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BMW 4 Series Gran Coupe

GRAN DEFT AUTO (some text hidden)

By Jonathan Crouch

So the coupe version of the BMW 3 Series is the 4 Series, right? Not if you add two more doors and call it a 4 Series Gran Coupe. Jonathan Crouch reports on the revised range.

Ten Second Reviewword count: 58

If you like the look of a BMW 4 Series Coupe but family duties look like forcing you into something a bit frumpier, help is at hand. The 4 Series Gran Coupe retains a sleek shape but adds a couple of rear doors. We think it's a much better bet than the frumpier 3 Series Gran Turismo model.

Backgroundword count: 155

Stick with us here. This one takes a bit of working out. BMW will sell you a four-door 3 Series but gives the two-door Coupe and Convertible versions a '4 Series' badge. So far, so good. If you want five doors in a compact executive model of this type from BMW, it's a little more complicated. There is a five-door 3 Series - the 'Gran Turismo' model - but very few people buy it. One of the reasons why is the existence of this car, the 4 Series Gran Coupe. Here, you get much more stylish five-door practicality, with all the usual 3 Series good bits underneath. These days, those good bits also include a rejuvenated range of petrol engines, plus the option of xDrive all-wheel drive and, with this recently revised model, smarter styling too. In short, it looks like there's most of what you're going to need here. Let's check this car out.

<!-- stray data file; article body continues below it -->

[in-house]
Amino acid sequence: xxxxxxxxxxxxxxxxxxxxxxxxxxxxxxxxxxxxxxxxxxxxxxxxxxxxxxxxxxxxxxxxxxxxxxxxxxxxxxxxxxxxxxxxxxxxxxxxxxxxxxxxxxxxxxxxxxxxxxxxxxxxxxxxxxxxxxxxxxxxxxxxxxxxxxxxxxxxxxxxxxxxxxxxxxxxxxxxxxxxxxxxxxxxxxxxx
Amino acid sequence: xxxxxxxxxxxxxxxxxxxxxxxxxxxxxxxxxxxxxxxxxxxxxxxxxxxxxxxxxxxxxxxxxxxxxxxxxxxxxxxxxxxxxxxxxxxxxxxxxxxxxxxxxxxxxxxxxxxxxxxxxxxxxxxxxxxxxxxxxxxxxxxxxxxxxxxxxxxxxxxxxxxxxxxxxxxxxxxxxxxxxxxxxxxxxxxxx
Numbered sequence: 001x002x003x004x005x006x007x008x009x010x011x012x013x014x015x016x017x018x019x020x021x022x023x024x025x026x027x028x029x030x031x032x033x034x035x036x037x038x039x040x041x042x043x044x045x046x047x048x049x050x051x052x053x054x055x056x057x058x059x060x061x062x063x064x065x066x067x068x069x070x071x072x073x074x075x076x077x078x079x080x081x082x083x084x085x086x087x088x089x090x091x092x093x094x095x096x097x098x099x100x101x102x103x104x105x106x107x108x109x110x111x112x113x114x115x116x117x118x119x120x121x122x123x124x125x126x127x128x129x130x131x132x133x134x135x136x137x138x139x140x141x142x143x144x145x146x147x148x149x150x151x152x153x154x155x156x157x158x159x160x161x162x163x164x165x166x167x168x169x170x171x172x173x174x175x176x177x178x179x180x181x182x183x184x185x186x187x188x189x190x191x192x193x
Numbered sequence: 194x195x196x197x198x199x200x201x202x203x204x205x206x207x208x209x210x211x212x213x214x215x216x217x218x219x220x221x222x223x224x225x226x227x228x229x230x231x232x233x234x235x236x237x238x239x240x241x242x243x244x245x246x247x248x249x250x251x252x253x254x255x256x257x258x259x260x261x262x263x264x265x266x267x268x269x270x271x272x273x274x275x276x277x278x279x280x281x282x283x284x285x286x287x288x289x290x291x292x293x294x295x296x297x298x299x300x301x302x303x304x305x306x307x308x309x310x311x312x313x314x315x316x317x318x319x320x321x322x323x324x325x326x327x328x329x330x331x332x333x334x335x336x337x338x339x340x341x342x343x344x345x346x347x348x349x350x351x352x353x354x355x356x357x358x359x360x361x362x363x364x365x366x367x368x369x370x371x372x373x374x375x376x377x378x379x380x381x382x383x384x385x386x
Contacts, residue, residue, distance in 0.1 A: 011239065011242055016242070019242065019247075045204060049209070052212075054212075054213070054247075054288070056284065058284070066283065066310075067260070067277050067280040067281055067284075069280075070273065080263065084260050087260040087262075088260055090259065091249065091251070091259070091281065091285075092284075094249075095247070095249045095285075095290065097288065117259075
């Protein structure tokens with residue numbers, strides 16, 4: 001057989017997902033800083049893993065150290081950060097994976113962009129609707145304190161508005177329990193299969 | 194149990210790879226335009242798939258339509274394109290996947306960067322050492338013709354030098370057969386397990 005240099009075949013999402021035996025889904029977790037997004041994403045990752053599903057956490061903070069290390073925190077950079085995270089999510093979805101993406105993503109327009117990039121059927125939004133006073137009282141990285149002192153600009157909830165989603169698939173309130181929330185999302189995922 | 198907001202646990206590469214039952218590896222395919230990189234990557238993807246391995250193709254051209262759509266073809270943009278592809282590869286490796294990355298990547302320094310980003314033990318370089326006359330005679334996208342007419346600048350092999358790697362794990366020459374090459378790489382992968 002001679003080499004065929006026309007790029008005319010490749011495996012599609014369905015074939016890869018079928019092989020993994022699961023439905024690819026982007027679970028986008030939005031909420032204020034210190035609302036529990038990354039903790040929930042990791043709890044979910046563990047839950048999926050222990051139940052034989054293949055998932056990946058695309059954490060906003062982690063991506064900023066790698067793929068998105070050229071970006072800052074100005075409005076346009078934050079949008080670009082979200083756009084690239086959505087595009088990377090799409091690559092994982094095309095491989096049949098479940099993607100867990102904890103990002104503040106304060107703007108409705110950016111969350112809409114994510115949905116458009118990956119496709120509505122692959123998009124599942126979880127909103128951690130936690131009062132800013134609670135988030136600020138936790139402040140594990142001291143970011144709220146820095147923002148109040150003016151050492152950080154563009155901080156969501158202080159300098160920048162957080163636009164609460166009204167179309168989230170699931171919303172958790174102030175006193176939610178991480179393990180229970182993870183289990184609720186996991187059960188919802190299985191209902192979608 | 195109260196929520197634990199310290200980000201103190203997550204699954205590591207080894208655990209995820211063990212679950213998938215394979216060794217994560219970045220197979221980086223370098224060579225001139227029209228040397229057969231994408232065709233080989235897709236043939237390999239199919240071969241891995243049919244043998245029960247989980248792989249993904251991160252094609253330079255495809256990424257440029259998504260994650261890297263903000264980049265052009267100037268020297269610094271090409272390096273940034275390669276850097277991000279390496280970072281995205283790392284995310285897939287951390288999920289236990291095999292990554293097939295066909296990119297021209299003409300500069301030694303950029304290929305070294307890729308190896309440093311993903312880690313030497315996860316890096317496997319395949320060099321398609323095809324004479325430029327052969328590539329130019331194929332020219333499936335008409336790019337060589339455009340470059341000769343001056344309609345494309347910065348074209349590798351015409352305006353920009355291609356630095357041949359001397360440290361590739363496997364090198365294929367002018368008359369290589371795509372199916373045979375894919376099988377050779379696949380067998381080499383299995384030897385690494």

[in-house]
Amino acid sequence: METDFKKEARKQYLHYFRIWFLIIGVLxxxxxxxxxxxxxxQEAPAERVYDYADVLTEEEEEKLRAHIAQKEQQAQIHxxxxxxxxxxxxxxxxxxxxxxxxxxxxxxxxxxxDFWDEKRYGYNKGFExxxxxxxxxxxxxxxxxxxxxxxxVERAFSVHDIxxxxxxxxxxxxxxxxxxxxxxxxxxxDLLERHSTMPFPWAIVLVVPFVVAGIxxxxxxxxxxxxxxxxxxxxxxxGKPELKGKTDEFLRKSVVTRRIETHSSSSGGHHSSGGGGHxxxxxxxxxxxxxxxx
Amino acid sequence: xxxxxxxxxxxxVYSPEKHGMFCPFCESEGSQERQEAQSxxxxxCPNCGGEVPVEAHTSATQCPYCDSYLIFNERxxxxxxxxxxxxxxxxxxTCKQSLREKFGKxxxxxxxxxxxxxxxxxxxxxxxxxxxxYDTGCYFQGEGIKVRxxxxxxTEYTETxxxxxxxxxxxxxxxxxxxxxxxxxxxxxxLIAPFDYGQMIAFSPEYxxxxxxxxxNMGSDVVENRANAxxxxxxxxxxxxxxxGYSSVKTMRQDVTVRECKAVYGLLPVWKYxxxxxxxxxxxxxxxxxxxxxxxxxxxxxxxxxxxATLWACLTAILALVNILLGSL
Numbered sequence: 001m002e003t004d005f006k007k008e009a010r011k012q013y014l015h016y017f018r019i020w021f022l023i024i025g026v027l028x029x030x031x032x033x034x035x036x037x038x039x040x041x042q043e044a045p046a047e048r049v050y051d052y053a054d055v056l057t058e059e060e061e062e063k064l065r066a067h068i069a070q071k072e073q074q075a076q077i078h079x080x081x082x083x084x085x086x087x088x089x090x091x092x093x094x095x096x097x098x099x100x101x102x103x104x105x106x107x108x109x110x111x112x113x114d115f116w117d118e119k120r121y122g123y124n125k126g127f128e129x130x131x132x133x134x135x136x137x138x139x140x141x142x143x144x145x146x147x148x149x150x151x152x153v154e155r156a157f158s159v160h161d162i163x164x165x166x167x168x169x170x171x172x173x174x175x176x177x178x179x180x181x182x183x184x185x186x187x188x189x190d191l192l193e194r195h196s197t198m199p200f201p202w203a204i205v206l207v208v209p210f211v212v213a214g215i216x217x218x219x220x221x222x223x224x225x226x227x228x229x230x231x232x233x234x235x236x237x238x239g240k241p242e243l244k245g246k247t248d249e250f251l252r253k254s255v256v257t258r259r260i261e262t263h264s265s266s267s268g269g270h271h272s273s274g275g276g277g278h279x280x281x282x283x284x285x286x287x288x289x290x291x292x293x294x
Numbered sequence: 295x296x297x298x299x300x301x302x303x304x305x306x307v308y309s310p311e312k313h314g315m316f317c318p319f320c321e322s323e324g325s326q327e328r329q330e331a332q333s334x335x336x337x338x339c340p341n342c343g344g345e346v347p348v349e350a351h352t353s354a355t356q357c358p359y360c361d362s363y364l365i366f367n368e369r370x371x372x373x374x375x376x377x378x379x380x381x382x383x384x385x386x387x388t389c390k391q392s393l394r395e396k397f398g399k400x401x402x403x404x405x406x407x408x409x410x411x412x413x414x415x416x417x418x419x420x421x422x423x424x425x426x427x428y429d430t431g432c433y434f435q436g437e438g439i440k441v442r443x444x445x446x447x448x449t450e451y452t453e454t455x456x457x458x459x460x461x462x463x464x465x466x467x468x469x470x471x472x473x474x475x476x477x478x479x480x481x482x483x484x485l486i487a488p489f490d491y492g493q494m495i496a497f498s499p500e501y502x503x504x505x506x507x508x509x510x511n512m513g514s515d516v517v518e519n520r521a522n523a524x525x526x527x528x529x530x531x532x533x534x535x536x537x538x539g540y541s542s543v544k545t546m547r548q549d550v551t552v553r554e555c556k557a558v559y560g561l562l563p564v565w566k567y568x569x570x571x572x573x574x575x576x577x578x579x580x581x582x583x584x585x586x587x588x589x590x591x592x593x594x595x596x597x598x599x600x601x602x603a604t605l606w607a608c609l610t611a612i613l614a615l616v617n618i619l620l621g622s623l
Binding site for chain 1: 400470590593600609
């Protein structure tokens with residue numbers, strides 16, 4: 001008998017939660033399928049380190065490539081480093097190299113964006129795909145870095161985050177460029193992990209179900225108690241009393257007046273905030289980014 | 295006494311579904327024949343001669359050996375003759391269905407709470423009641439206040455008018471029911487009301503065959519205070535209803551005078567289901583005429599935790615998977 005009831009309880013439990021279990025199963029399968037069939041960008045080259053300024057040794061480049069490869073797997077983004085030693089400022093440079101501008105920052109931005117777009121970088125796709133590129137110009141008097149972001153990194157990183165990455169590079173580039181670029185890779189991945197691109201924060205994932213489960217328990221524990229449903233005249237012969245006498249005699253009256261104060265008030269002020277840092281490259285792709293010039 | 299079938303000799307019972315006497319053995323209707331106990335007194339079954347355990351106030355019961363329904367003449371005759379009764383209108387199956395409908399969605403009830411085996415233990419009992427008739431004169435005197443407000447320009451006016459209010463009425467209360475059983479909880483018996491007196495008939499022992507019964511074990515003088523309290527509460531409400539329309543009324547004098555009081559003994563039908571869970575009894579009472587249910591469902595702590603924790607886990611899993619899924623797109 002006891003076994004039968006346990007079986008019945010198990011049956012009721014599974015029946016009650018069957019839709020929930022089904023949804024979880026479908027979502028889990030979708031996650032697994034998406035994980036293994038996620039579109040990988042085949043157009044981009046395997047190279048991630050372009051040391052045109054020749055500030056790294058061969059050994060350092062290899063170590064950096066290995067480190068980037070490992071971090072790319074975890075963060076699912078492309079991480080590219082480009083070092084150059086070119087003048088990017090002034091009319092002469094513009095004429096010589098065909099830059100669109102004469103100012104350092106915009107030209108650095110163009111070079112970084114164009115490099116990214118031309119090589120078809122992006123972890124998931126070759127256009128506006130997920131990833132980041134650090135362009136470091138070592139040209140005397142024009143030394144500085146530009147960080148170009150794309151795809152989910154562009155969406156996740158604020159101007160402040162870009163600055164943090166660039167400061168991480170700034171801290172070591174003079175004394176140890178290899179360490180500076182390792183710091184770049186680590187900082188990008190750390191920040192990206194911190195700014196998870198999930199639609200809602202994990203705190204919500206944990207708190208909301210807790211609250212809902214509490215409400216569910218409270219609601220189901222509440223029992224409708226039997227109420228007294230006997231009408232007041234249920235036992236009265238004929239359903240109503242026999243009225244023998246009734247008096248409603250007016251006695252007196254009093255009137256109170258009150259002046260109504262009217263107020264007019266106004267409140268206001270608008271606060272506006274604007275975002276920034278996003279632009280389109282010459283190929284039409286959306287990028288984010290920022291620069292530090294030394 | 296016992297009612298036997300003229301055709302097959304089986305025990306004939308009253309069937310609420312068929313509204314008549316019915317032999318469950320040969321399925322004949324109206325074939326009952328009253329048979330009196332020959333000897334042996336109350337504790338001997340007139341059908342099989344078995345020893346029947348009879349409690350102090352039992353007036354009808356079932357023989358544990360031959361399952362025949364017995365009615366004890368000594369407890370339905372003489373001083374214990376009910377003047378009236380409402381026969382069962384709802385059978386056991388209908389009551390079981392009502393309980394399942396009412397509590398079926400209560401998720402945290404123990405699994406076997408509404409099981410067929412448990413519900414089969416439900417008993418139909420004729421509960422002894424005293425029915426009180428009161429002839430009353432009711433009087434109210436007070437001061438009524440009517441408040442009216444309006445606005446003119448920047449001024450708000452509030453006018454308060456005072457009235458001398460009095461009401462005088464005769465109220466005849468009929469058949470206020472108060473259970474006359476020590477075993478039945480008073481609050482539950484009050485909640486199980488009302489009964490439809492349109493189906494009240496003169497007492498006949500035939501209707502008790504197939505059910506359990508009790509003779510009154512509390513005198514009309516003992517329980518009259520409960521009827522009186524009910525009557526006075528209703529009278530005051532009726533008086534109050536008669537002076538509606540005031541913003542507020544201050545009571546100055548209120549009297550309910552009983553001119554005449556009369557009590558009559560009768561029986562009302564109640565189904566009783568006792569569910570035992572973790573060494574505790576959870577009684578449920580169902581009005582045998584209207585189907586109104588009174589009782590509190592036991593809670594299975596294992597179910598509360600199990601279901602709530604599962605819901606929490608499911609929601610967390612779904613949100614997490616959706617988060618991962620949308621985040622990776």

Driving Experienceword count: 262

Given that the 4 Series Gran Coupe runs on the same running gear as the 4 Series Coupe, it's reasonable to expect similar driving dynamics. The wheelbase, length, track and width of the Gran Coupe are exactly the same as its two-door sibling, so it clues you into what you're going to get. This 4 sits a bit closer to the road than a 3 Series and also gets the coupe's extra bracing between the front subframe and the body, beefing up steering response. On to engines. Diesel-wise, there's a choice of three units, starting with the 190bhp powerplant found in the 420d - the biggest seller and a variant available with either two or four wheel drive. Above that come the six cylinder diesel models. There are rear wheel drive and xDrive 4WD versions of the 258bhp 430d, before you get to the 435d xDrive diesel range-topper with a hefty 313bhp at its disposal. The more recent engineering changes with this car though, centre on the petrol units in the line-up. Not much is different with the base four cylinder 184bhp 2.0-litre unit found in the 420i, though it is slightly more efficient than it used to be and, as before, comes in rear wheel drive and xDrive 4WD guises. The pokier version of this powerplant carries a '430i' badge and has 252bhp, with 350Nm of torque, making possible a rest to 62mph time of just 5.9s. That makes it difficult to imagine why you'd want a six cylinder petrol model, but if you still do, there's a 326bhp '440i' variant.

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Pictures (high res disabled)

Statistics (subset of data only)

Min

Max

0-62 mph (s):

4.8

7.9

Combined mpg:

40.9

70.6

Extra urban mpg:

49.6

78.5

Height (mm):

1389

1404

Length (mm):

4638

Max Speed (mph):

132

155

... and 6 other stats available

Scoring (subset of scores)

Category: Luxury Saloons and Estates

Performance
80%
Handling
80%
Comfort
80%
Space
80%
Styling, Build, Value, Equipment, Depreciation, Handling, Insurance and Total scores are available with our full data feed.

This is an excerpt from our full review.
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